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Patricia O'Connell
Senior Communications Manager

Kirk Nahra Discusses HIPAA Compliance Questions Involving Offshore Vendors

August 14, 2013

Kirk J. Nahra, chair of Wiley Rein’s Privacy Practice, was quoted in a HealthcareInfoSecurity article today about enforcement questions involving the offshore business associates of U.S. companies that must begin complying with new federal health privacy regulations next month.

Health care providers and insurance companies, known as covered entities (CEs), are subject to the Health Insurance Portability and Accountability Act (HIPAA) omnibus rule scheduled to take effect on September 23.  Covered entities’ business associates (BAs) and subcontractors also will have to comply with certain privacy requirements.

While noncompliance could lead to penalties of up to $1.5 million per violation, health care organizations are questioning whether offshore BAs would be as likely to face such enforcement actions as their U.S. counterparts.

“It's a mess.  There's lots of uncertainty,” Mr. Nahra said.  “HIPAA doesn't say a word about offshore.  But a BA is a BA is a BA.”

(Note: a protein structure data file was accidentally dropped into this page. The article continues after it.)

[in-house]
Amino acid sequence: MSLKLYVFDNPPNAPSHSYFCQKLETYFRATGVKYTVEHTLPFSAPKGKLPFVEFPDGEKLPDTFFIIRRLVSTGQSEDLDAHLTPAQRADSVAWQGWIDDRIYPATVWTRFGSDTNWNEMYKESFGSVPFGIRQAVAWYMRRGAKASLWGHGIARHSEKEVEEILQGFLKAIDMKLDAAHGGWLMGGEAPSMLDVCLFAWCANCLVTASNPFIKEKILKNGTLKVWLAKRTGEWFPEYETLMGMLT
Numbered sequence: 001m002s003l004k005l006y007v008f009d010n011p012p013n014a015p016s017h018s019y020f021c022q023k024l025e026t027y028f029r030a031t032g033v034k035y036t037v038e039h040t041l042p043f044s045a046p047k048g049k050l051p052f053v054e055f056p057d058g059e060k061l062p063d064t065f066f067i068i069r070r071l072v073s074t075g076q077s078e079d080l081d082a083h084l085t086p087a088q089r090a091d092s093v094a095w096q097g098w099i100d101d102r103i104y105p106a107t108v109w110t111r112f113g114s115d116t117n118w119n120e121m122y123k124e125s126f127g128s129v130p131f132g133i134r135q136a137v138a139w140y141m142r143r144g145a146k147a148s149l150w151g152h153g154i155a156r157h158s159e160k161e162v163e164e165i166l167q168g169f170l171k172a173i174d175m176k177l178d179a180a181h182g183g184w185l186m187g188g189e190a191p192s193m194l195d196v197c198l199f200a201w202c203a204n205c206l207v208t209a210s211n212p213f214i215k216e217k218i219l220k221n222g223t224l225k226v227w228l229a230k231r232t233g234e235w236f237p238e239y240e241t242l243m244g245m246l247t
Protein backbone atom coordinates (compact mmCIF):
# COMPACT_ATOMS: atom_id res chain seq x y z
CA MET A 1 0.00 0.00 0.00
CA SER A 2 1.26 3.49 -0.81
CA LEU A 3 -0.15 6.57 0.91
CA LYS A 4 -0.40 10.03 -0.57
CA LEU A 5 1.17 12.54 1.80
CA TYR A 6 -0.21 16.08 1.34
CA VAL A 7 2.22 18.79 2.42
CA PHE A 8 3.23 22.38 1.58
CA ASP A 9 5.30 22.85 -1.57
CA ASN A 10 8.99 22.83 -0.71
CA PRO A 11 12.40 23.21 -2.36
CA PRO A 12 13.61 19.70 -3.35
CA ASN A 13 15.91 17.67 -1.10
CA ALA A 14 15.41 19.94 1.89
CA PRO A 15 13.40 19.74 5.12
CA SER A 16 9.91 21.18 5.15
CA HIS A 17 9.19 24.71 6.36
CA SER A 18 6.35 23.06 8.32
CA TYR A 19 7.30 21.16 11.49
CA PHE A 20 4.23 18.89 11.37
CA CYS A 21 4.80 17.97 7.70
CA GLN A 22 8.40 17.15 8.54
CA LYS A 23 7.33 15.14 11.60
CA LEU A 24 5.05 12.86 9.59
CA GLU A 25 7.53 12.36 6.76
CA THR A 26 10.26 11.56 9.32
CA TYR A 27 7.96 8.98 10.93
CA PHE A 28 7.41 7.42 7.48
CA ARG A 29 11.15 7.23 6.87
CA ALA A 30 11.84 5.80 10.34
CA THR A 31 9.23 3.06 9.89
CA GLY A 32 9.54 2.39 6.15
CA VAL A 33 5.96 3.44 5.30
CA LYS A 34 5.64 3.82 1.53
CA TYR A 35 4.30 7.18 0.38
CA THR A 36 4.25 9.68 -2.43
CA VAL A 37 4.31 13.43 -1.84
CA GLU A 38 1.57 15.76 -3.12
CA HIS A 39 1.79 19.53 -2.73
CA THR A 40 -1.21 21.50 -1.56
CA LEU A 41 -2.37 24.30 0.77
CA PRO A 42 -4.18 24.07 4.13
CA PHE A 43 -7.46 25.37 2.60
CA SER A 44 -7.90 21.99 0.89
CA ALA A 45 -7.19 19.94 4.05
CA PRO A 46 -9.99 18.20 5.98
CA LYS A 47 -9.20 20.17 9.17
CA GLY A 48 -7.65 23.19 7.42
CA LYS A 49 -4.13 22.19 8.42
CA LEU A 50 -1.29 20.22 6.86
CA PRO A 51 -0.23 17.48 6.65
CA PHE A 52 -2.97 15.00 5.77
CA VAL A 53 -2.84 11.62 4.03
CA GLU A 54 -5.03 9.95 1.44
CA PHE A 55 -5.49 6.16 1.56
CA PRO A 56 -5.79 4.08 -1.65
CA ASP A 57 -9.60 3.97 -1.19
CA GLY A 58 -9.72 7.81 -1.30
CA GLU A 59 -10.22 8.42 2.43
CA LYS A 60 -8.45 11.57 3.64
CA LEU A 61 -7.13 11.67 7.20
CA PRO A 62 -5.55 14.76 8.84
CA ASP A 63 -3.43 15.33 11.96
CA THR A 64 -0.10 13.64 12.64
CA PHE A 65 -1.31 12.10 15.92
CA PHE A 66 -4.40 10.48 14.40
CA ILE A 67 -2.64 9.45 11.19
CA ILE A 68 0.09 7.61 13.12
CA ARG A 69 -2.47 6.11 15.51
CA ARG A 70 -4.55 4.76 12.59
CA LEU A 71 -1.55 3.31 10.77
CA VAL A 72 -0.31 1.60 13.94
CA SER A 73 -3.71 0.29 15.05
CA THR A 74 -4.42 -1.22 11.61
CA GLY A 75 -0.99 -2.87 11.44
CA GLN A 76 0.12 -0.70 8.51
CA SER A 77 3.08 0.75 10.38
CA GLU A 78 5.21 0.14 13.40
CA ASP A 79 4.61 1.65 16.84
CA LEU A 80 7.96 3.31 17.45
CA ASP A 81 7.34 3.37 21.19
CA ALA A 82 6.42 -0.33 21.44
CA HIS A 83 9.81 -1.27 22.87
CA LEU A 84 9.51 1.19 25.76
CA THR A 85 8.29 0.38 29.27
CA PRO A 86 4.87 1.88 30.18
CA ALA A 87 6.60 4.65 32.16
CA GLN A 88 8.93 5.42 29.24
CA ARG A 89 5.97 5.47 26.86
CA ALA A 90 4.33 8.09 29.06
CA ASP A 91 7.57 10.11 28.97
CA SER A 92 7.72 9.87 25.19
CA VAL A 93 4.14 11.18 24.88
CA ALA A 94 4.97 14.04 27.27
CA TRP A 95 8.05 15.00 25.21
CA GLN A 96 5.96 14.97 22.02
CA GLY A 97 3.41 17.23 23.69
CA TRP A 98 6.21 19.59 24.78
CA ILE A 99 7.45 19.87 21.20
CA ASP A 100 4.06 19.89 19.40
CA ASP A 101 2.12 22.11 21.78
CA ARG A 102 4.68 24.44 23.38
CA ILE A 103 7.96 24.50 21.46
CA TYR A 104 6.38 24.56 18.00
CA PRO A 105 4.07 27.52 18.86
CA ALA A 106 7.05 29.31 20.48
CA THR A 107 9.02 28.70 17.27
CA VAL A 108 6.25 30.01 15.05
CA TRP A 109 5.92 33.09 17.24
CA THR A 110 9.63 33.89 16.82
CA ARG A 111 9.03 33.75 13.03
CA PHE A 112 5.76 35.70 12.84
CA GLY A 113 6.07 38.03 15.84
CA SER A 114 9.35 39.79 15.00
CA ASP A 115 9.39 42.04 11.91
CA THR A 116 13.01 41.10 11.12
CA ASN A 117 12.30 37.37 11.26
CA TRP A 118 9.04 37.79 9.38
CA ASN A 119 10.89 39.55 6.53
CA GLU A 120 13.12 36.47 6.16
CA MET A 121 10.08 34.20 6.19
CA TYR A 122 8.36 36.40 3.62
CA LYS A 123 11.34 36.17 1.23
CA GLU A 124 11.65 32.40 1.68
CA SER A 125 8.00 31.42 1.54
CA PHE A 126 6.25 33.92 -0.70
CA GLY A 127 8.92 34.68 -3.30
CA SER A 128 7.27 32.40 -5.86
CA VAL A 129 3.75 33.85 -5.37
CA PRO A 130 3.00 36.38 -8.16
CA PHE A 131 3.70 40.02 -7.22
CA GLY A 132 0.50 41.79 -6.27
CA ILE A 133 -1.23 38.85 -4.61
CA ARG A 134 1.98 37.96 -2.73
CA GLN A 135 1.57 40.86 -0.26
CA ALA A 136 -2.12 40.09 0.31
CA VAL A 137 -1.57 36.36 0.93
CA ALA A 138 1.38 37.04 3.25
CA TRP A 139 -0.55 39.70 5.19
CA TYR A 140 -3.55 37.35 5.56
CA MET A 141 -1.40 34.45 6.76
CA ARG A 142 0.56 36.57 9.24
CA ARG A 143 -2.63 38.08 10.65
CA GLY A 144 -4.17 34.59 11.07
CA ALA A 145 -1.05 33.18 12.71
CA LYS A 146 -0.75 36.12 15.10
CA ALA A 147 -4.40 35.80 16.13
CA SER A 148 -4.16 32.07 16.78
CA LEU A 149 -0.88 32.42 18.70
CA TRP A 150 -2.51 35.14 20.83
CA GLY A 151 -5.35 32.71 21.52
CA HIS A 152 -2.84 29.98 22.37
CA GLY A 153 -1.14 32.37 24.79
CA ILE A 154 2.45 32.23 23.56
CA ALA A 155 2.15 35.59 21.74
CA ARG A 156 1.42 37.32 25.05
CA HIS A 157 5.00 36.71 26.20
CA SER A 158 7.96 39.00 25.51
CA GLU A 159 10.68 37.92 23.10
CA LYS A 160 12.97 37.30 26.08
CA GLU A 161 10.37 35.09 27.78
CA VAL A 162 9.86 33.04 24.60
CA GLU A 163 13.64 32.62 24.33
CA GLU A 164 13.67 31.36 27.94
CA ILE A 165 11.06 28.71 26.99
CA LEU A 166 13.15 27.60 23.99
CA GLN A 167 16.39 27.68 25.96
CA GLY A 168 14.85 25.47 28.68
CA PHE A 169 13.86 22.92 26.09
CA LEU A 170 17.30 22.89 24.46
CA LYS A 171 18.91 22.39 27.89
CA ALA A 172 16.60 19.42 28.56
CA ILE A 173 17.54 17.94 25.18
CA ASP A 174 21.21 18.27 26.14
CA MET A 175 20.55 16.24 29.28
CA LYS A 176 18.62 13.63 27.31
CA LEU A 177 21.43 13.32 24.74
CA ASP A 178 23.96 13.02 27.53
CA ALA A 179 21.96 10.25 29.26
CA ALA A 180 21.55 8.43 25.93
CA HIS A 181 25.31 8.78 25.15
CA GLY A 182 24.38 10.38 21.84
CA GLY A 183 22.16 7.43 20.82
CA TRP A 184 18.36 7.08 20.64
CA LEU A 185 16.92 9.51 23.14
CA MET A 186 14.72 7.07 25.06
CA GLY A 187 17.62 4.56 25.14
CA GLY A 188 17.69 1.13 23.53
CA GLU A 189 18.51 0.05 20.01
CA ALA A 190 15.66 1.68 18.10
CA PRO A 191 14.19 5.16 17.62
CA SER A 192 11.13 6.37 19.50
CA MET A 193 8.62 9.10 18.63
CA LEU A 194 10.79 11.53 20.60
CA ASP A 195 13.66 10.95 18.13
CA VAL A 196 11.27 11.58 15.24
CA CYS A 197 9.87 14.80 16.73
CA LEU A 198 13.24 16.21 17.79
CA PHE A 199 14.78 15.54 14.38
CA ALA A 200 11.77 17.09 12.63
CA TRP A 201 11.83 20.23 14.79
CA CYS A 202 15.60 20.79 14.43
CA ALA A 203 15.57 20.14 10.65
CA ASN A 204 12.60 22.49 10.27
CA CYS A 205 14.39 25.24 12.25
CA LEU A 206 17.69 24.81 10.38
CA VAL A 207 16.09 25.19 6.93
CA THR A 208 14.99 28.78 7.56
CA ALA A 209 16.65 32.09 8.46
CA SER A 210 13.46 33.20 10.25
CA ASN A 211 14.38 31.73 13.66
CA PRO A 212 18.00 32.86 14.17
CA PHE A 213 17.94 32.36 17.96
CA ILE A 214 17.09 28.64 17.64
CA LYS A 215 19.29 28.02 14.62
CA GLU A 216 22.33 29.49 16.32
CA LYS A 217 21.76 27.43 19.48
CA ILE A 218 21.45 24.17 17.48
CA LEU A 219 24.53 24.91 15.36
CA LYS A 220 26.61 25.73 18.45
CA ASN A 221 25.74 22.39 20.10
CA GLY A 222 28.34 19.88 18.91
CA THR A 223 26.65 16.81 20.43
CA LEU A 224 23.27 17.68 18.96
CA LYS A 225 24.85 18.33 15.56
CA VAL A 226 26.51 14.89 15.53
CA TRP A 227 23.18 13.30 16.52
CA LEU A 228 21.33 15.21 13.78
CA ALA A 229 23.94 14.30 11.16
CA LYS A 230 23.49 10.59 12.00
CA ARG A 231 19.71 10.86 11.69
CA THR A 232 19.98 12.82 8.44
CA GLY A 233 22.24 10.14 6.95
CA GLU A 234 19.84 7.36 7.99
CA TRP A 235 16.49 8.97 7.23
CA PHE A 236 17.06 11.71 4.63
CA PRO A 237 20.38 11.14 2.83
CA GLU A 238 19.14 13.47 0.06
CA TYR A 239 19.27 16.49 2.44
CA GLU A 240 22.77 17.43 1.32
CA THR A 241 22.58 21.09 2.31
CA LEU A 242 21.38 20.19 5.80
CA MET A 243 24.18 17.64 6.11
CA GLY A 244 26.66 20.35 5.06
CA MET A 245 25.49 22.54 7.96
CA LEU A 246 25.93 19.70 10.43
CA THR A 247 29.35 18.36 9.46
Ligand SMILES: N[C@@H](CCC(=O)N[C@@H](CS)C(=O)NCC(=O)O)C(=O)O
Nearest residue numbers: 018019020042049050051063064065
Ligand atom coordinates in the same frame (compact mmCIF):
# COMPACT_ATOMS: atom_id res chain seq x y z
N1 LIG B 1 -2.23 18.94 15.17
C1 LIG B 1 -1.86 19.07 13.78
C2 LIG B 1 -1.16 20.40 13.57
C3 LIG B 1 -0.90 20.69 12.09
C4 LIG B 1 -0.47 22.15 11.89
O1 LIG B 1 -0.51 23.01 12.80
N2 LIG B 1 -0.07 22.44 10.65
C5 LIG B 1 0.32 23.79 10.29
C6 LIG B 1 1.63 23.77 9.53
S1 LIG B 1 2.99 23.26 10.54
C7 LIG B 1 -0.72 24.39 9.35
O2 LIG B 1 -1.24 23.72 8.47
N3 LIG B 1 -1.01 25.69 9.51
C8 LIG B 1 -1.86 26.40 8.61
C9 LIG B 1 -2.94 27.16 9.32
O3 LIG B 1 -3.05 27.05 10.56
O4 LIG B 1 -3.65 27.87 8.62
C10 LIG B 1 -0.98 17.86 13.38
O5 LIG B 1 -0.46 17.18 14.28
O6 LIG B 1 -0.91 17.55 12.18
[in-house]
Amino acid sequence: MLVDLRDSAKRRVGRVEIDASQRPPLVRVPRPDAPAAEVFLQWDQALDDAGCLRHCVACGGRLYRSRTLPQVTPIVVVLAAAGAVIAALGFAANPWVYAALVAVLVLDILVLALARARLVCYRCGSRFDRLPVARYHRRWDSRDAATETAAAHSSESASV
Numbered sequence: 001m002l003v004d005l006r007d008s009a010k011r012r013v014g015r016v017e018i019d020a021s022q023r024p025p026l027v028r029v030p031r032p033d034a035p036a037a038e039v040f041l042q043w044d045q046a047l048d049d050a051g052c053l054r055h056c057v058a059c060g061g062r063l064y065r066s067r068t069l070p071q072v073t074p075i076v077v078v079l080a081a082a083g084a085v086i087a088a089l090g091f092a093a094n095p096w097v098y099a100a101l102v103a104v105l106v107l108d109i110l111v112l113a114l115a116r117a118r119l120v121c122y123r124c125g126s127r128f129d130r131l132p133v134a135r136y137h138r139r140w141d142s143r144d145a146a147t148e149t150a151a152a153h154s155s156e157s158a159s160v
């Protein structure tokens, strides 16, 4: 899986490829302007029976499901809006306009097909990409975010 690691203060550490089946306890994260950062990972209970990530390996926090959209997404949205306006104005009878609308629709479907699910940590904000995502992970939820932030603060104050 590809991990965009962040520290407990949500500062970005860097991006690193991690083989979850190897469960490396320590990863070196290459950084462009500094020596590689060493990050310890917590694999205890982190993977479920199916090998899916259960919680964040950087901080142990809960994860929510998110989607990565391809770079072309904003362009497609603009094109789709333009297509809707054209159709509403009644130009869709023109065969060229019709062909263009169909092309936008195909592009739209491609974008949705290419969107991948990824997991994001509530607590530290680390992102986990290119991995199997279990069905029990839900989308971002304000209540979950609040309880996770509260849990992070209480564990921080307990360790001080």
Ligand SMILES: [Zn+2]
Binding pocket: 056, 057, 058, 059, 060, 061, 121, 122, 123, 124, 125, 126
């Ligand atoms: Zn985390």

Many foreign vendors provide covered entities with services related to patient data, according to the article.  But should a data breach occur, the ability of the U.S. Department of Health and Human Services (HHS) to take action against a non-U.S. contractor falls into a gray area.

If HHS’s Office of Civil Rights (OCR) did pursue enforcement against an offshore vendor, officials would have to consider whether the company had any U.S.-based operations that played a role in the incident.  If the breach involved an offshore subcontractor, regulators would have to determine whether the covered entity or BA knew the company had access to sensitive data.

“If a company is in India, the Philippines, or elsewhere and it has no U.S. tentacles, but OCR wants to investigate a breach—this hasn't been explored yet,” Mr. Nahra said.

“Each situation will have its own set of facts and a million different issues, including the relationship between the CE and the BA, the history,” he added.  “There are risks with all BAs, and offshore just adds to that complexity.”

Covered entities should keep in mind that many offshore vendors—particularly those with a history of dealing with U.S. health-care clients—are as good or better than U.S. companies at protecting data, Mr. Nahra said.  “Dealing with a company in Pittsburgh doesn't mean security will be better than working with a company in the Philippines,” he said.

Still, U.S. health-care organizations should ensure that they provide BAs with only the “minimal necessary” data to perform the contracted service, Mr. Nahra added.  “The problem is a number of BAs are given lots of sensitive information they don't need.”